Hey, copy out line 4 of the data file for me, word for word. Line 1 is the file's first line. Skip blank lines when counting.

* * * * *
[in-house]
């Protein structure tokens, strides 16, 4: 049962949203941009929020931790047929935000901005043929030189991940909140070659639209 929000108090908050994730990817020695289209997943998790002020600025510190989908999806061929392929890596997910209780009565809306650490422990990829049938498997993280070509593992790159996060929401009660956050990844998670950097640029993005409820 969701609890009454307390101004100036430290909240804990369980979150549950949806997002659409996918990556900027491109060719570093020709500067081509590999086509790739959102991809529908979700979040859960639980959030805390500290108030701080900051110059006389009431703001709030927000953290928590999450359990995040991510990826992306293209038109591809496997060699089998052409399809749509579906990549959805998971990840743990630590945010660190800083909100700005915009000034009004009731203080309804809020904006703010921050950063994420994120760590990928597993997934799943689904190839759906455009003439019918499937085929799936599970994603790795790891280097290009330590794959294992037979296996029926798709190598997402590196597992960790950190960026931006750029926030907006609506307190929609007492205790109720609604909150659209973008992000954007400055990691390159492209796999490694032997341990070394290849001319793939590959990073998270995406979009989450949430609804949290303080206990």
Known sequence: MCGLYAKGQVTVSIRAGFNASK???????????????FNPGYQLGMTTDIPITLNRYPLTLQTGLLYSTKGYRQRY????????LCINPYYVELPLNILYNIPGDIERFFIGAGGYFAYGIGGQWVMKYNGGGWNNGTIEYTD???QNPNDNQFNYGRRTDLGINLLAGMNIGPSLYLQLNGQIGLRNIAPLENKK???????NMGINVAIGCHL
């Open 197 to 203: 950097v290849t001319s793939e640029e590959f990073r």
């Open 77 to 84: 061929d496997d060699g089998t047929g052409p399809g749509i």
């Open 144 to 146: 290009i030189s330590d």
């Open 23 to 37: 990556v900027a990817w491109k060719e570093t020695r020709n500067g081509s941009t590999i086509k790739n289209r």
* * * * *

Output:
């Open 197 to 203: 950097v290849t001319s793939e640029e590959f990073r």